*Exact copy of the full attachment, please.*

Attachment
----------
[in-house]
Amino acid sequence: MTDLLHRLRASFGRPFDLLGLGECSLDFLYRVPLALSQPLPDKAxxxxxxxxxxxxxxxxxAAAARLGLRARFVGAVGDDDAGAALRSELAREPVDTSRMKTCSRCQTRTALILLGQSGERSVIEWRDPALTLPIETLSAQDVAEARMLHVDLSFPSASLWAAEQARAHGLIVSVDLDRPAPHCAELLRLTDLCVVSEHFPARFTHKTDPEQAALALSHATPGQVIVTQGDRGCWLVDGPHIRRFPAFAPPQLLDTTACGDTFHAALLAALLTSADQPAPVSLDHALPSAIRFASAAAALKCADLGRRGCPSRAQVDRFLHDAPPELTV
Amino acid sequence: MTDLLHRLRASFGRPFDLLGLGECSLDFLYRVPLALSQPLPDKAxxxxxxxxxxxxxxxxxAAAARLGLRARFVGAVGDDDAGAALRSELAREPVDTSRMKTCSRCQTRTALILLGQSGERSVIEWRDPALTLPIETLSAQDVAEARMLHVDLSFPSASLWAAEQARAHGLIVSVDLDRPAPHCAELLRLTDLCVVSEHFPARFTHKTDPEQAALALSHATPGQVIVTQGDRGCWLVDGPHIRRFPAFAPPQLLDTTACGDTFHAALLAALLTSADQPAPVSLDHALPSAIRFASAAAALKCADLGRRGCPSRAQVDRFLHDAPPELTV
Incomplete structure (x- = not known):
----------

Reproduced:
[in-house]
Amino acid sequence: MTDLLHRLRASFGRPFDLLGLGECSLDFLYRVPLALSQPLPDKAxxxxxxxxxxxxxxxxxAAAARLGLRARFVGAVGDDDAGAALRSELAREPVDTSRMKTCSRCQTRTALILLGQSGERSVIEWRDPALTLPIETLSAQDVAEARMLHVDLSFPSASLWAAEQARAHGLIVSVDLDRPAPHCAELLRLTDLCVVSEHFPARFTHKTDPEQAALALSHATPGQVIVTQGDRGCWLVDGPHIRRFPAFAPPQLLDTTACGDTFHAALLAALLTSADQPAPVSLDHALPSAIRFASAAAALKCADLGRRGCPSRAQVDRFLHDAPPELTV
Amino acid sequence: MTDLLHRLRASFGRPFDLLGLGECSLDFLYRVPLALSQPLPDKAxxxxxxxxxxxxxxxxxAAAARLGLRARFVGAVGDDDAGAALRSELAREPVDTSRMKTCSRCQTRTALILLGQSGERSVIEWRDPALTLPIETLSAQDVAEARMLHVDLSFPSASLWAAEQARAHGLIVSVDLDRPAPHCAELLRLTDLCVVSEHFPARFTHKTDPEQAALALSHATPGQVIVTQGDRGCWLVDGPHIRRFPAFAPPQLLDTTACGDTFHAALLAALLTSADQPAPVSLDHALPSAIRFASAAAALKCADLGRRGCPSRAQVDRFLHDAPPELTV
Incomplete structure (x- = not known):